Of late, the woman variously labelled the queen or godmother of Australian crime writing has concentrated her publishing efforts on a popular series of novels for young adults but was prompted last year to publish something for her older readers. DISHONOUR, set to be a standalone novel like Lord’s early books, couldn’t be more topical with a protagonist inspired by a serving Sydney policewoman of senior rank and story elements that aren’t so much ripped from the headlines as they are predicting them. It is the story of Debra Hawkins, a Detective Inspector appointed to lead a new unit within the NSW police which aims to help the victims of violence who live within ethnic or cultural groups in which women and girls can be treated in ways that are illegal in Australia. They soon come across a woman of Iraqi heritage who is being physically abused and held a virtual prisoner by her two brothers who are, in addition to being the siblings from Hell, actively involved in the city’s drug dealing scene.
The subjects explored in DISHONOUR are worthy of exposure. The issue of violence within families is getting discussed more widely than has ever been the case before in this country (for example our current Australian of the Year is a remarkable woman who has used her son’s death at the hands of his own father to raise the profile of this subject). But adding the complexity of marginalised and politically sensitive cultural groups and their treatment of women into the mix makes it a whole different story with uncomfortable political and social connotations. Lord does not shy away from these difficulties though and uses the book not only to depict the horrendous situations that some women find themselves in within their own families, but also the alarmingly limited way in which authorities can assist them even when they do find the courage to seek help and the complications that arise when politically charged labels of racism can be thrown at those trying to help. The broader backdrop of the changes in the scale and nature of criminal undertakings in modern Sydney is also on show. For me this social context proved the most successful aspect of the novel.
The character development and storyline left me somewhat disappointed.
I’m only speculating of course but I wondered if the possibility of a series might have resulted in the holding back of some of the back story and present-day dramas that were heaped upon Debra for future installments rather than squeezing so much into a single novel. There’s the murder of her policeman father when she was 12, a stupid and potentially career-ending act she undertook on behalf of her drug-addict brother, and the fact that a criminal whose case she worked has threatened her with death and seems to be taking steps to carry out these threats which are all impacting on Debra’s life. Not to mention two serious family illnesses and a major career problem that eventuate later in the book. She is a contrast to many crime fighting protagonists in that Debra is in a sound, loving relationship and isn’t an alcoholic but she has way too much personal drama going on for me and professionally behaves more obtusely than I think (hope) someone in her position would do. I really struggled to take her seriously at times.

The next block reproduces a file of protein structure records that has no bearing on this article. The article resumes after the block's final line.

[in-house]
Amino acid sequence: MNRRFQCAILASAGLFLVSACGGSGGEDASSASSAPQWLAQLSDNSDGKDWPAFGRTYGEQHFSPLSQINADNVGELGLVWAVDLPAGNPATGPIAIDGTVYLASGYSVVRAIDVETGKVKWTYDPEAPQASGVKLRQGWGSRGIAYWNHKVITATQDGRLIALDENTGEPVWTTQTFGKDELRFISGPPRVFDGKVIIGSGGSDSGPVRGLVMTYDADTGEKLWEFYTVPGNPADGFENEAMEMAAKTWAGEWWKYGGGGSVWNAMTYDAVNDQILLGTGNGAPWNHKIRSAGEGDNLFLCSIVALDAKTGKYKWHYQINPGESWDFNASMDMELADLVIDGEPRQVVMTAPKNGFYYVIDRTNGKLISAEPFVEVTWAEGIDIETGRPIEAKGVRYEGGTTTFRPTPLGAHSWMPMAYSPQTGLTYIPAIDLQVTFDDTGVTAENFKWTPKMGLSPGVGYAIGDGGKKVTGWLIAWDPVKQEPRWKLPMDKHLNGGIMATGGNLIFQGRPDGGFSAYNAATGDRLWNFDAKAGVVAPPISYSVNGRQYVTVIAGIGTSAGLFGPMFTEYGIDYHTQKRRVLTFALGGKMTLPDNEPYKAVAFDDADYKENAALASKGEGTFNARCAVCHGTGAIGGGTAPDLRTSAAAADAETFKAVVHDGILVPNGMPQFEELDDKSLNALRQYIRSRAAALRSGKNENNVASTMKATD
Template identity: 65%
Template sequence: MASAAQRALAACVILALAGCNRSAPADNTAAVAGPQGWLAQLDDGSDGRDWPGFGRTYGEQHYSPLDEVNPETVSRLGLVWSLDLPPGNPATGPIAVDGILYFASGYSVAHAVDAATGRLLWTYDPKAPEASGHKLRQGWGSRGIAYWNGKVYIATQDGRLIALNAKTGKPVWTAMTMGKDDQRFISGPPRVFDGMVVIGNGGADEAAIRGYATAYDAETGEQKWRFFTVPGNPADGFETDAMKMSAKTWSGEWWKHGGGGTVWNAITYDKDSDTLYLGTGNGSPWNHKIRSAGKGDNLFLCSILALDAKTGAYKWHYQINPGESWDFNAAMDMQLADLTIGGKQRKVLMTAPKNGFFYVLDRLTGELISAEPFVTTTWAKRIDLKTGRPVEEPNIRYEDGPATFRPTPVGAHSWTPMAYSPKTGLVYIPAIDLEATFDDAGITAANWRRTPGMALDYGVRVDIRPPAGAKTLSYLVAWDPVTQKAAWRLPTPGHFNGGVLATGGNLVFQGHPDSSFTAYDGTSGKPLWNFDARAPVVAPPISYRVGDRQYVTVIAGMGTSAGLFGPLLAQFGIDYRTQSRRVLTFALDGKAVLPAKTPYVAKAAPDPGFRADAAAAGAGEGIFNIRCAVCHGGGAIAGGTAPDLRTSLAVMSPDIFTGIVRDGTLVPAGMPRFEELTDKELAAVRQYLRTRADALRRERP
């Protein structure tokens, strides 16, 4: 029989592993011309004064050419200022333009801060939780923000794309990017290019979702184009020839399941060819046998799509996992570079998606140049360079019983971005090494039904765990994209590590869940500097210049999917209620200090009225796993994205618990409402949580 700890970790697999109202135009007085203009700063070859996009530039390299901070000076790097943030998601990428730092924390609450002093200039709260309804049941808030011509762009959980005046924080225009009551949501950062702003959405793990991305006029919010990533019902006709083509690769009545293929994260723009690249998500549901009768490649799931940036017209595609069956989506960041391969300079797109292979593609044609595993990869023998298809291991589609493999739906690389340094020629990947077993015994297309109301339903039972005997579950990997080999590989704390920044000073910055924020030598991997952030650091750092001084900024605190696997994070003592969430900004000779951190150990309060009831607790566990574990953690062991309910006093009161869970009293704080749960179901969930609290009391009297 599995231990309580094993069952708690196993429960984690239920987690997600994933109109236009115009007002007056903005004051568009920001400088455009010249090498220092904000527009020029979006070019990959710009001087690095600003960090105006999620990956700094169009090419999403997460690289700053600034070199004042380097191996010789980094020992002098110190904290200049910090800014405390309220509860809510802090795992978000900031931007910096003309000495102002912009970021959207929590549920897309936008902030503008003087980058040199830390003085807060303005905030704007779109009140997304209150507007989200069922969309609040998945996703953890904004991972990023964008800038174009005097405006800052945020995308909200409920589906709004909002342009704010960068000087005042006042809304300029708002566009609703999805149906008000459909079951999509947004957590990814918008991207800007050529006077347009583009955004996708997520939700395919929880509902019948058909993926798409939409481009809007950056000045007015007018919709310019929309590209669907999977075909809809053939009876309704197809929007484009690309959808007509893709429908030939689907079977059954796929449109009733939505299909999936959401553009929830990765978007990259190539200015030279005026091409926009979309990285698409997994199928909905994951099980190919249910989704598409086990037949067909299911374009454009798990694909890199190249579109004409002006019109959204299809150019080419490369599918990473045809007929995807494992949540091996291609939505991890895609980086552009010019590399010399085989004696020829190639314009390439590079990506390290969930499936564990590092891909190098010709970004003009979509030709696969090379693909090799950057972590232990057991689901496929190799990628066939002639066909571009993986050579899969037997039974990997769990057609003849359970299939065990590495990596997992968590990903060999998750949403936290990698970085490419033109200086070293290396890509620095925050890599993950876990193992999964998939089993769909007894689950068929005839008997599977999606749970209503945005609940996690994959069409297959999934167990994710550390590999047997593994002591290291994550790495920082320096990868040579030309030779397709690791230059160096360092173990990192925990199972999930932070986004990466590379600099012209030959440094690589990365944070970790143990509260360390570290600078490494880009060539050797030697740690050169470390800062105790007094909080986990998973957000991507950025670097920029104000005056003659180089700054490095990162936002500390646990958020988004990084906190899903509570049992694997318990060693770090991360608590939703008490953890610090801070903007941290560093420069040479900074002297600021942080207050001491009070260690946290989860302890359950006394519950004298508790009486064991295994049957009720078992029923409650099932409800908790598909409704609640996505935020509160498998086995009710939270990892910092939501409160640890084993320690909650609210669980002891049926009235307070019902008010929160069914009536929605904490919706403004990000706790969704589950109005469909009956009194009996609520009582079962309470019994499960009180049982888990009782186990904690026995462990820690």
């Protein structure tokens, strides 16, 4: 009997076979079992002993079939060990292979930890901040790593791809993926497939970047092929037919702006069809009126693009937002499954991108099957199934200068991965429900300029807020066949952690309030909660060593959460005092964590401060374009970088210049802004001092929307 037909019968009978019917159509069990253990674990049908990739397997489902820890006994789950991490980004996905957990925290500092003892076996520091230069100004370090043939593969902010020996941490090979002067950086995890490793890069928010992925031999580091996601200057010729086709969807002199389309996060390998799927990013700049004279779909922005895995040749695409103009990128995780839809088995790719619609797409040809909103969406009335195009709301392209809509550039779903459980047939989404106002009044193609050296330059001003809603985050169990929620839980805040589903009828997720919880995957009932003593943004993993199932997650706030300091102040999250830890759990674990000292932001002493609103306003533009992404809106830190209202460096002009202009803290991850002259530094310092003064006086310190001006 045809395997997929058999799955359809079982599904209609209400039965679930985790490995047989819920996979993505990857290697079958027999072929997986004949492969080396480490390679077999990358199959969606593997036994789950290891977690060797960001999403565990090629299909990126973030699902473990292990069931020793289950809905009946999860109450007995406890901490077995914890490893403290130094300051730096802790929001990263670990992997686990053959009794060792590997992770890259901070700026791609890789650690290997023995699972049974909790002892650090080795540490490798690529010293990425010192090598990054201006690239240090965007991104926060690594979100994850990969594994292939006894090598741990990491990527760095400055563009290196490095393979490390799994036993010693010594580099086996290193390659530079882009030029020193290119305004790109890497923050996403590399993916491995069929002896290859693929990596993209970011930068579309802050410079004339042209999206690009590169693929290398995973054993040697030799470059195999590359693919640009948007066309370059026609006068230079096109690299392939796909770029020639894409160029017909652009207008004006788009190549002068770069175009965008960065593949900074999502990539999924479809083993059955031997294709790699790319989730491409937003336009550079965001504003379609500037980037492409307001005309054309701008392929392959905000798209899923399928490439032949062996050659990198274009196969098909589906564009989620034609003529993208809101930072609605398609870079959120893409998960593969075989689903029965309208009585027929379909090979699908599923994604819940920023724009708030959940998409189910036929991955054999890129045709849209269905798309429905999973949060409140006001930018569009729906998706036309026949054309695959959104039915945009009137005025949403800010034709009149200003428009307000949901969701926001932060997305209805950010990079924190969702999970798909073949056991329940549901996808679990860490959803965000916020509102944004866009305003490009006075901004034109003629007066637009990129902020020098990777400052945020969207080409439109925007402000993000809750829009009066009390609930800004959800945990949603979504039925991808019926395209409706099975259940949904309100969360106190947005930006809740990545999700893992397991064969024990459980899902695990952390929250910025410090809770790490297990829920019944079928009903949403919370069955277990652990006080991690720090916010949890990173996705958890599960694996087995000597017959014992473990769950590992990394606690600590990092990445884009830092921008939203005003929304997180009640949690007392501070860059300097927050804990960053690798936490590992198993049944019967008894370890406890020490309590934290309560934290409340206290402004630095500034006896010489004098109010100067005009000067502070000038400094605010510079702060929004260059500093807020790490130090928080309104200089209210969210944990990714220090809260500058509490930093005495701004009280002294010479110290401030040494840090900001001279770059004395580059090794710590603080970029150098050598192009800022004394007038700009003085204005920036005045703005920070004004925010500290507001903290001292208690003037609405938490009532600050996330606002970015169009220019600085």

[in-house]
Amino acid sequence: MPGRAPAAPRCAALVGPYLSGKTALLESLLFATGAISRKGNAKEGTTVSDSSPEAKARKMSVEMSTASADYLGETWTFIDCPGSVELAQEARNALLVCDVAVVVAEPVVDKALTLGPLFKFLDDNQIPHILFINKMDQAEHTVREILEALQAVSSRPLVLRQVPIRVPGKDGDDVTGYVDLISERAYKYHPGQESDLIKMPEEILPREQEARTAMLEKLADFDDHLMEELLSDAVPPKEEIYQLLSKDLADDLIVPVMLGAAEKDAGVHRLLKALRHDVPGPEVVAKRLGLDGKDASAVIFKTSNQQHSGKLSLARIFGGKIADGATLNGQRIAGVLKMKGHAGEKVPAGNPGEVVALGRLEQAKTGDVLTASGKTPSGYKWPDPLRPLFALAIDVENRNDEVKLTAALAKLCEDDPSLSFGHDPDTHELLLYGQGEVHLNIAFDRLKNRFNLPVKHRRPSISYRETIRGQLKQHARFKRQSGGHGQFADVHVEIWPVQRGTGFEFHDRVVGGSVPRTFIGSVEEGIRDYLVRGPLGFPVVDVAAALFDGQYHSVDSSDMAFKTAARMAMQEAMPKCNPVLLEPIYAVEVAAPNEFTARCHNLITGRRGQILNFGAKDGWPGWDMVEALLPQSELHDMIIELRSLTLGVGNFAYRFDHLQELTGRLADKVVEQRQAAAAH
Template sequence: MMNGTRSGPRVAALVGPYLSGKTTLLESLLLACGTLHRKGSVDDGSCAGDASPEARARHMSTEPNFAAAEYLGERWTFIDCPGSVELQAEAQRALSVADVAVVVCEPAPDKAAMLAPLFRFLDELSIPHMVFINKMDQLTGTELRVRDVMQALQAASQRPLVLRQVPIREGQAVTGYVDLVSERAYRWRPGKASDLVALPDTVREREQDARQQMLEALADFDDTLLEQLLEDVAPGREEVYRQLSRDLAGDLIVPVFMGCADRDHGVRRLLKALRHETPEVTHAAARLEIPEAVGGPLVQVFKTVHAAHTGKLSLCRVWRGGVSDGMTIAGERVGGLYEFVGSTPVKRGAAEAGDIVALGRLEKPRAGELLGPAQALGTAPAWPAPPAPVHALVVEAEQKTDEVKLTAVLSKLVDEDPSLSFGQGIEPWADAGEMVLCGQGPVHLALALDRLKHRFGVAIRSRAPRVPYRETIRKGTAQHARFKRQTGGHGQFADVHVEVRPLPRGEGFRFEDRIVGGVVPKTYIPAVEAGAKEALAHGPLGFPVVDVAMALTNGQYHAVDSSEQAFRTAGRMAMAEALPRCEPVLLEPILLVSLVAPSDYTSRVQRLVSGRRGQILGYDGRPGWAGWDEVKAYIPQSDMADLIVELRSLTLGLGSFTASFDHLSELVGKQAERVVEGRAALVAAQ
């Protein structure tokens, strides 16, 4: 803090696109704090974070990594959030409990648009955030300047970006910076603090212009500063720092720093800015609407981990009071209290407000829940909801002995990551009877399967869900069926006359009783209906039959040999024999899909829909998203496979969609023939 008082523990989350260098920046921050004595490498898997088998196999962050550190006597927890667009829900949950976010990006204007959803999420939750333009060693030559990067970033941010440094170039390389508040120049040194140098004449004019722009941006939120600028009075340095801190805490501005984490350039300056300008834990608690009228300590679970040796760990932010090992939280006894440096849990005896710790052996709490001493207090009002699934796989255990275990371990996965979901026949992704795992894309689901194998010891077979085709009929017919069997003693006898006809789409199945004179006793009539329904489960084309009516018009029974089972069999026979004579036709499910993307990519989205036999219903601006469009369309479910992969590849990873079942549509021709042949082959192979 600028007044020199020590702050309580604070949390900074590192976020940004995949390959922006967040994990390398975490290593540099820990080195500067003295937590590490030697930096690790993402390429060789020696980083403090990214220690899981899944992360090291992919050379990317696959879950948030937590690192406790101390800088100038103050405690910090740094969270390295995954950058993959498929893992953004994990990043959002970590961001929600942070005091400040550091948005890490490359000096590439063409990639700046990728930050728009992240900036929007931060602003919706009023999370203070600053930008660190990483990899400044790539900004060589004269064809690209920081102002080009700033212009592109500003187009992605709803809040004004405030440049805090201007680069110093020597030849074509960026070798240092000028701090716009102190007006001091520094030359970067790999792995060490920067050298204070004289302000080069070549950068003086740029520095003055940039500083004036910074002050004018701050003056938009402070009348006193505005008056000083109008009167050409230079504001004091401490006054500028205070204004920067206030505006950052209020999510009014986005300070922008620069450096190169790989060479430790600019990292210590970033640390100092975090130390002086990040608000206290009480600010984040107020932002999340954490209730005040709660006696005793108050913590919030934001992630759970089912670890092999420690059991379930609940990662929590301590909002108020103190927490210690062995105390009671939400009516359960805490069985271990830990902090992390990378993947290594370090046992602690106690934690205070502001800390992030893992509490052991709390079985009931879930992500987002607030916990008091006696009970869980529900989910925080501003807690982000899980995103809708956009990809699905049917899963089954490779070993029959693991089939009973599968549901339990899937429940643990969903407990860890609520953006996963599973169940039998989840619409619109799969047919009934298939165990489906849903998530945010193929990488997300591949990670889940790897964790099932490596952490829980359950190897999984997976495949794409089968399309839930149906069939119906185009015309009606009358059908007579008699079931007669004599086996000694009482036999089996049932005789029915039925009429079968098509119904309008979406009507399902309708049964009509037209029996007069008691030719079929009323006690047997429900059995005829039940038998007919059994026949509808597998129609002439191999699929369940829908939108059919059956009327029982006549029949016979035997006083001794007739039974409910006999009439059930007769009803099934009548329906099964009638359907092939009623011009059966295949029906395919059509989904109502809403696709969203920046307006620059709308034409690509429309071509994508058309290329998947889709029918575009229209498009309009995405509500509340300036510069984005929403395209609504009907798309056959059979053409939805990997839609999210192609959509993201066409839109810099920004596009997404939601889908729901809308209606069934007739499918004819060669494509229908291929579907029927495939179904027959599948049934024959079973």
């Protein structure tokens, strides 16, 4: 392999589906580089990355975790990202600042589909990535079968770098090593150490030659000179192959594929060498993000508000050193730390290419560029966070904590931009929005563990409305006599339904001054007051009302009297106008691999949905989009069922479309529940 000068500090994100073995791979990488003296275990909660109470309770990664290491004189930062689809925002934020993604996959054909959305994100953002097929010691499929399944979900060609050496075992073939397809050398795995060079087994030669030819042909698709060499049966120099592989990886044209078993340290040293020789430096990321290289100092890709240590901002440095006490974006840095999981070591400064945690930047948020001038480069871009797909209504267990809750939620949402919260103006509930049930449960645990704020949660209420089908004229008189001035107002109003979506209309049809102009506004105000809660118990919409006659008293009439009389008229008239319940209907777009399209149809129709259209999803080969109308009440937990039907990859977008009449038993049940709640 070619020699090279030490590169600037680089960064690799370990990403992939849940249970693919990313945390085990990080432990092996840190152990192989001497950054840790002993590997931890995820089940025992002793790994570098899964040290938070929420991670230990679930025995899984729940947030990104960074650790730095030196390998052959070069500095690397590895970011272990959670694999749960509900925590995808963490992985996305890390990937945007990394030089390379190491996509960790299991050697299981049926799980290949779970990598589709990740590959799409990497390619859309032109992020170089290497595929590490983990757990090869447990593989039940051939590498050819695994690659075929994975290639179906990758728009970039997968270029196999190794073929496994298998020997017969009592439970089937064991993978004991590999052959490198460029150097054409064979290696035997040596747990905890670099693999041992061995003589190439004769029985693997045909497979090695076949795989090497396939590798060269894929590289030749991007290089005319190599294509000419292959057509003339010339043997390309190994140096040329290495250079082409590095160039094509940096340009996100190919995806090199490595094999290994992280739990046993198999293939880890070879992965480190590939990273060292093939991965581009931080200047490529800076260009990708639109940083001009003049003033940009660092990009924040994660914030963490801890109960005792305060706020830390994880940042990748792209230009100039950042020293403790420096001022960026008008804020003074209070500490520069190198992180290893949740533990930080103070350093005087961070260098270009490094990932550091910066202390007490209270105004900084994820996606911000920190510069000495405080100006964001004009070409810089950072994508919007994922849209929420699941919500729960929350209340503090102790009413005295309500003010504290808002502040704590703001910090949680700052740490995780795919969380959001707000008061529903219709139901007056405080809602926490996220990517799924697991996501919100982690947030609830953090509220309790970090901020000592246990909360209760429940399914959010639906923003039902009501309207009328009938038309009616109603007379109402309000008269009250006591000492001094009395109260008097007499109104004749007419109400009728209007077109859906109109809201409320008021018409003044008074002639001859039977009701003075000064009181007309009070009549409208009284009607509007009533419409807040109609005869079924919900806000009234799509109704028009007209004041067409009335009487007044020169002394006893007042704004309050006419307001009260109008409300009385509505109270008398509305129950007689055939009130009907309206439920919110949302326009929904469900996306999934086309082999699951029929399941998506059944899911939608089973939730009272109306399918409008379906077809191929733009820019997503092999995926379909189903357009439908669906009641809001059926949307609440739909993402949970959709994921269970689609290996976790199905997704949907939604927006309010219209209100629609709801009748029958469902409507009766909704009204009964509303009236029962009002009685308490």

Ultimately for me DISHONOUR was too concerned with Debra and her personal troubles rather than the women and work she was meant to be focused on. Partly I think that is the result of the narrative choice. The entire book is told from Debra’s point of view and I think I’d have preferred it if we were also shown things from the perspective of some of the women seeking the help of Debra’s unit. The only direct exposure we have to their experiences is when they interact with Debra which, when combined with some of the fact-laden passages providing exposition, gives the sensibility that this is not primarily a story about these women and makes the book border on being didactic a few times.
The story itself was a bit of a jumble. The thread dealing with the death of Debra’s father seemed to have an obvious resolution to me from the very beginning and I found it a distraction from what I thought of as the main plot line. Even there though there was too much going on and it was all dealt with a bit superficially to the point that one element seems to have been forgotten entirely between the middle and end of the novel.
Reading DISHONOUR left me frustrated because although it raised important subjects it felt to me too eager to sideline them and focus on a fairly un-suspenseful cold case that wasn’t nearly as interesting to me. It’s as if I embarked on a choose your own adventure novel but someone else’s choices for plot development and resolution were superimposed over my own.
Publisher: Hachette 
Length: 372 pages
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